Everyone knows that discrimination harms the individual who is being discriminated against. Few consider that there is a quantifiable cost associated with bias and that entire economies suffer when certain people are excluded. However, as you’ll soon see, research makes it clear that this is the case. In this blog post, we’ll look at how discrimination affects economies around the world, with special interest paid to ageism.
The Economic Impact of Discrimination
One study found that discrimination costs France billions of euros annually. The paper by France Stratégie reported that France could gain €150 billion over 20 years by giving women and minorities more access to employment. This would represent an overall 6.9% increase over the country’s gross domestic product in 2015 and a 0.35% increase in GDP annually.
Meanwhile, the United Kingdom’s Centre for Economics and Business Research and INvolve found that the UK economy lost £127 billion every year through discriminatory pay practices. It was estimated that GDP would increase by about 7% if discrimination on the basis of sexual orientation, gender, and ethnicity came to an end.
Research in the United States specifically relating to age discrimination also indicated significant losses. A report from the American Association of Retired Persons and The Economist Intelligence Unit said the economy could have been four percent larger if individuals weren’t discouraged from working longer. It was estimated that discrimination against older workers cost the economy $850 billion in GDP in 2018, and by 2050, the number could rise to $3.9 trillion. According to the study, 57% of the $850 billion was linked to forced retirement. One-third was caused by women who were forced to retire earlier than they wanted to because of their age.
Similar concerns exist in Australia, where Deloitte Access Economics found that there are economic costs linked to the low number of older Australians in the labor force. Deloitte Access Economics said an increase of just three percentage points in labor force participation among employees aged 55 and over would boost GDP by $33 billion. Meanwhile, a 5% rise in paid employment among this demographic would lead to a $48 billion increase in national income.
These studies illustrate the significant value that exists in encouraging and facilitating labor force participation from mature employees. When companies embrace 50-plus employees, they don’t only make their organizations more productive; they also contribute to growth in the country’s economy. This means that despite the preference for younger workers in most companies, there’s a lot to be gained by hiring and retaining mature talent. Building a multigenerational workforce can be difficult, but it’s not impossible.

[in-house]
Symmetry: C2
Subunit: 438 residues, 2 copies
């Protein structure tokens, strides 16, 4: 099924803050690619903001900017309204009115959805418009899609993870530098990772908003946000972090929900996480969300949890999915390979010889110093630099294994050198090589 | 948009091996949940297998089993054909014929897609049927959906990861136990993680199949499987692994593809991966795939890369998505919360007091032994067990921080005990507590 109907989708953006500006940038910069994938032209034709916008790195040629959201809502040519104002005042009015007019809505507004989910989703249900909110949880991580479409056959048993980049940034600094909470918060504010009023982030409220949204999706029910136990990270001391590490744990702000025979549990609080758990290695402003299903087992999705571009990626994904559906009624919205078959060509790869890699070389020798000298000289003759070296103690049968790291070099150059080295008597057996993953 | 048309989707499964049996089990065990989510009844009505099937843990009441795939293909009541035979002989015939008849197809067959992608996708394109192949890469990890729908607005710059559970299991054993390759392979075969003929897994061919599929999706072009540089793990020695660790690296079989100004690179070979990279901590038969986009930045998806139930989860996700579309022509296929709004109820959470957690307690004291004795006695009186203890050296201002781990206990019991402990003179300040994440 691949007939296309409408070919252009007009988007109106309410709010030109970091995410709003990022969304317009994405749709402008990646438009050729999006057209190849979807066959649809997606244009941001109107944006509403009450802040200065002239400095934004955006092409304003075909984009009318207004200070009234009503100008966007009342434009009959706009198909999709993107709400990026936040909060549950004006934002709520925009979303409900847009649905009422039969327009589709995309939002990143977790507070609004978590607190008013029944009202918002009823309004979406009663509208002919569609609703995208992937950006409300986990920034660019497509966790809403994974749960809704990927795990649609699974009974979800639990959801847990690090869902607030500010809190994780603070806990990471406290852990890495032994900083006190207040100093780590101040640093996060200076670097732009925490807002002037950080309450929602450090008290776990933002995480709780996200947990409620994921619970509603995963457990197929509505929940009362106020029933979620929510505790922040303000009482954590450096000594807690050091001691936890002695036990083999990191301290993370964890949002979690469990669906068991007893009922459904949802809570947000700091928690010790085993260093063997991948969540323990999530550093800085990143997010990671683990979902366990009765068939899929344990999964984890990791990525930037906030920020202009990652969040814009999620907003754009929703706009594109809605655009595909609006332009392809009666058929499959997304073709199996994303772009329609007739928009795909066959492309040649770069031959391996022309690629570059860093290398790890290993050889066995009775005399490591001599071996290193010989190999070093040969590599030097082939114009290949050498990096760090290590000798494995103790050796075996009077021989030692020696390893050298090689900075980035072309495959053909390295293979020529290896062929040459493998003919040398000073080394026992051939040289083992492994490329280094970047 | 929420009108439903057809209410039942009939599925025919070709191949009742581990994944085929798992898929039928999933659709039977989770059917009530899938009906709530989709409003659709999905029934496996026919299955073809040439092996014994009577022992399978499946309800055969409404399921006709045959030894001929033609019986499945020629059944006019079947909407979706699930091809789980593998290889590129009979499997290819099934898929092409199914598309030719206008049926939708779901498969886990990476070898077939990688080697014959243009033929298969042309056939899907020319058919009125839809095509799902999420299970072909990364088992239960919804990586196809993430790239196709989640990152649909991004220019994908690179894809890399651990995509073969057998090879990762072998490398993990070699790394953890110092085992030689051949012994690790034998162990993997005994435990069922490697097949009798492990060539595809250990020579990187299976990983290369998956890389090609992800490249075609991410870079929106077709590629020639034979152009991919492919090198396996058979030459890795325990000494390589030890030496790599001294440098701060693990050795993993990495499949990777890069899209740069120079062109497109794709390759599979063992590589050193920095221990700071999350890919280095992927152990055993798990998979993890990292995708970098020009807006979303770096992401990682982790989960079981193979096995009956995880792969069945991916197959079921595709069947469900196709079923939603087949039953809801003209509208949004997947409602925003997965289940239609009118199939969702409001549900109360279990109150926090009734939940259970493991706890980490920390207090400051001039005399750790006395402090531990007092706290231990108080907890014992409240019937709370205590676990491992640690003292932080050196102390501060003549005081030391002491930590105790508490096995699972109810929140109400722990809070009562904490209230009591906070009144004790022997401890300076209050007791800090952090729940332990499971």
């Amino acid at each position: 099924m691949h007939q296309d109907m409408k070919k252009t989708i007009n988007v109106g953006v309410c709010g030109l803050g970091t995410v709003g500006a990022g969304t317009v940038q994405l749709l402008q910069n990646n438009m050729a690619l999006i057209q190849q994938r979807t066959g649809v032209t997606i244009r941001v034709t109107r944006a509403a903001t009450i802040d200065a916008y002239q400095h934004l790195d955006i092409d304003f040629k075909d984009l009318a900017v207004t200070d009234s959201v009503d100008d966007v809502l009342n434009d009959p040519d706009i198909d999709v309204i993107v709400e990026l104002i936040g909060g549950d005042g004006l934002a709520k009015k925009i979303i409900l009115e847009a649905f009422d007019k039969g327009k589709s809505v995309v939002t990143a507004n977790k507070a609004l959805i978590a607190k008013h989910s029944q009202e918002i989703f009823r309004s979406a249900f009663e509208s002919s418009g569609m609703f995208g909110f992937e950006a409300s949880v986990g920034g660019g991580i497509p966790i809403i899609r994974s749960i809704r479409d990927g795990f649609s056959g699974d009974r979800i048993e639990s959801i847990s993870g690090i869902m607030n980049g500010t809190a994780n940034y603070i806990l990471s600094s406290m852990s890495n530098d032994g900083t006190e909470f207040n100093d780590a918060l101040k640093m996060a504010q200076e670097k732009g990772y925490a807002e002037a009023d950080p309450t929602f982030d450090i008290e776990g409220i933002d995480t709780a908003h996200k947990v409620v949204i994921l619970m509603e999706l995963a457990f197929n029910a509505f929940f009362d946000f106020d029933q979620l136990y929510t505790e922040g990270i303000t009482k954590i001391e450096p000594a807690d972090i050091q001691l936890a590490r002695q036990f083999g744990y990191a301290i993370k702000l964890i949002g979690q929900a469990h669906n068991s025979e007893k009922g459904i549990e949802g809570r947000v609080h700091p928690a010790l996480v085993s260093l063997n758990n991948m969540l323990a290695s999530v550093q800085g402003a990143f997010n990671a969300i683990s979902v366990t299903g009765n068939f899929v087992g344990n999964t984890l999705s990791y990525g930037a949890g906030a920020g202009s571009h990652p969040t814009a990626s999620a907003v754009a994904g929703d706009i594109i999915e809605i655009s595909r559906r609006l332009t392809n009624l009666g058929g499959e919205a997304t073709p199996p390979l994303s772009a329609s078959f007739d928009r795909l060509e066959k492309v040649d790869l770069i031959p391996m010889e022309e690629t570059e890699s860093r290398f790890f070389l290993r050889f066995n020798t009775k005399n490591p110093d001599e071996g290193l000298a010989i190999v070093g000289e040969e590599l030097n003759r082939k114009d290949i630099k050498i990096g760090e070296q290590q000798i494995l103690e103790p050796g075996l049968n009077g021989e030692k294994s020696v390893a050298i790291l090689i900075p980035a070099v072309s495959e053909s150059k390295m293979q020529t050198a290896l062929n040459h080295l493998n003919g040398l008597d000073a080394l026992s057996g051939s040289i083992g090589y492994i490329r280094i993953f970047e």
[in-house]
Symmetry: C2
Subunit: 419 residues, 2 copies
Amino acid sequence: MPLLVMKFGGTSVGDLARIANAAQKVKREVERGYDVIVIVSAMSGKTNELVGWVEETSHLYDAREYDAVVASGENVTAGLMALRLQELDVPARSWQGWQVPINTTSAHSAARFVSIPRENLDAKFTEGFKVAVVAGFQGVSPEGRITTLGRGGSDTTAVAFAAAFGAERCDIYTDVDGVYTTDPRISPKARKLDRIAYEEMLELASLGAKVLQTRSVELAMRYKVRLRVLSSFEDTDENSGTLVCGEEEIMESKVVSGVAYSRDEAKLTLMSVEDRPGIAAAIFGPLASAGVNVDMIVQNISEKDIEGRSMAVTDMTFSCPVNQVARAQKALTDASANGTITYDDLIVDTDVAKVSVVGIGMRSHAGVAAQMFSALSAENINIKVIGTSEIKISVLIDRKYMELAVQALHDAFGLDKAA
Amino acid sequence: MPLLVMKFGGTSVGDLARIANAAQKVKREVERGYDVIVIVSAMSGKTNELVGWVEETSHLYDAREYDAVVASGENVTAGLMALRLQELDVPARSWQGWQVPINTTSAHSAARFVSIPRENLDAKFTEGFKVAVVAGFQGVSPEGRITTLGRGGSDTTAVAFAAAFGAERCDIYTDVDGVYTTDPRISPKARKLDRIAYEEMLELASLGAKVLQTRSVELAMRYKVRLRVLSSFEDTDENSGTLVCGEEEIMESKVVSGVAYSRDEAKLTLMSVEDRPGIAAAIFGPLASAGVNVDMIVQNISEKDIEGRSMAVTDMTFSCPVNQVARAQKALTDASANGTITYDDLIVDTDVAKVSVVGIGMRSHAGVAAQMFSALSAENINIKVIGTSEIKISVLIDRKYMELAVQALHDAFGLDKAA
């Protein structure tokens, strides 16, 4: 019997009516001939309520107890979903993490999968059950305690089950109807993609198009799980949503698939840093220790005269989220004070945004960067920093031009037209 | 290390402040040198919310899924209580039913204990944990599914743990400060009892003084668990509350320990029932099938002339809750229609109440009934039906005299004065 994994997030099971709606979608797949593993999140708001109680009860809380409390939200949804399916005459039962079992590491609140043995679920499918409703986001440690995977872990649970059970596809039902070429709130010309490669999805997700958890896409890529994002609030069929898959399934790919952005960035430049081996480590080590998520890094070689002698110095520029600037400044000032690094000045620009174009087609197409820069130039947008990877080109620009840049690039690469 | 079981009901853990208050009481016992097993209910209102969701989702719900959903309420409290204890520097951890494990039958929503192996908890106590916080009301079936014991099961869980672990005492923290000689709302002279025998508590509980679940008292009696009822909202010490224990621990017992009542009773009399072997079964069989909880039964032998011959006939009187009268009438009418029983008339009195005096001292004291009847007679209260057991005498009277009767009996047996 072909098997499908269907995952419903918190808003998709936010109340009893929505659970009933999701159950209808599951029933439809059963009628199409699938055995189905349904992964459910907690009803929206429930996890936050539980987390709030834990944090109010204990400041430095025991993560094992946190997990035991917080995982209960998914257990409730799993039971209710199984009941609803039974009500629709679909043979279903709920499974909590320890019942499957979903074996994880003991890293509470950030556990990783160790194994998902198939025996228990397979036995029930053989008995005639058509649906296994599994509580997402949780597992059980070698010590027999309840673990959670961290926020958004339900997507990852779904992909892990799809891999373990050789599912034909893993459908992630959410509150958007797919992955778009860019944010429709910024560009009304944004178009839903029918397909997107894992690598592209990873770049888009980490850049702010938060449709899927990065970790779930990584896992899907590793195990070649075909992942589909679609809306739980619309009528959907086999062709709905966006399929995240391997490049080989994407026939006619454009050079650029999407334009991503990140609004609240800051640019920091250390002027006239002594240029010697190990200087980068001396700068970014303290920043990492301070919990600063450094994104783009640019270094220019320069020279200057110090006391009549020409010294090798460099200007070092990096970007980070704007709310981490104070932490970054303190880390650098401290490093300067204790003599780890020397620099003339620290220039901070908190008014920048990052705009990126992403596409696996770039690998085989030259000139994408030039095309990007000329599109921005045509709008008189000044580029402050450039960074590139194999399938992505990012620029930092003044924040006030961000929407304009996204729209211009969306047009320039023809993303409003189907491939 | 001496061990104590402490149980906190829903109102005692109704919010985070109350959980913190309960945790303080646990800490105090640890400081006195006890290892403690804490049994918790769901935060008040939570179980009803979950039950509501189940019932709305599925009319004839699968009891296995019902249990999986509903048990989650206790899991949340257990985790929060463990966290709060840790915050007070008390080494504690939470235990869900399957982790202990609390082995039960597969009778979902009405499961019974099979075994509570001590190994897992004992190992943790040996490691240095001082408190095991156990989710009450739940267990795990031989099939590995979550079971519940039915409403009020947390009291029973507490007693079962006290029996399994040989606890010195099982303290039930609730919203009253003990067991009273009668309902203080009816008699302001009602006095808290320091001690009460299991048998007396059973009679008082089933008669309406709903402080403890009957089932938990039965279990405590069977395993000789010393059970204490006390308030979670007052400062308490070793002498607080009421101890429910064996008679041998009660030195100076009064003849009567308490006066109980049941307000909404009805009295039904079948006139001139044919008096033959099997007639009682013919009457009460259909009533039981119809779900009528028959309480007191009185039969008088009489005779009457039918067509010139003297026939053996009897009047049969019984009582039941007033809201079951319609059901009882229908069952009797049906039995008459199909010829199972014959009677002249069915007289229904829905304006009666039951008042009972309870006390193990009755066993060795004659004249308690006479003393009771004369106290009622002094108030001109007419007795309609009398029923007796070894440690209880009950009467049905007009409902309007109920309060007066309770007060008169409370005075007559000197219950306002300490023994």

How to Overcome Age Discrimination
Shifting demographics mean organizations need to identify and address ageism. Not doing so will have a negative impact on economies. While a lot needs to be done at the governmental level, businesses can take steps to diversify their workforce. Age discrimination tends to be taken less seriously than other forms of discrimination, and in many cases, it’s not even recognized. A number of workplace practices would have to be addressed to prevent mature employees from being forced into retirement. It also means eliminating age-related biases in the hiring and promotions processes.
A number of negative stereotypes surrounding older workers also have to be confronted. For example, there’s a belief that older workers are too costly to hire or retain. However, the increase in costs may actually be minimal given the high productivity and engagement and low turnover of mature workers. People also believe that 50-plus employees aren’t in touch with technology. However, organizations tend to ignore them when it’s time for training.
Educating mature employees on new tools and technologies and tailoring the training to their needs can help to keep them in the workforce longer. Research shows that multigenerational workforces are more productive, and contrary to popular belief, workers of varying ages enjoy and value opportunities to learn from each other.
Make the Necessary Changes with Help from WiseForce Advisors
Age inclusion is a must. People are living longer, and many want to continue working so they can earn an income and contribute to their areas of specialty. Their expertise brings significant benefits to their employers and the economies of their countries. If you want to get a better handle on ageism in your organization and reap the benefits of a multigenerational workforce, WiseForce Advisors is here to help. We offer a range of interventions that will be tailored to your specific needs. Reach out to us today to get started with building a more age-inclusive workforce.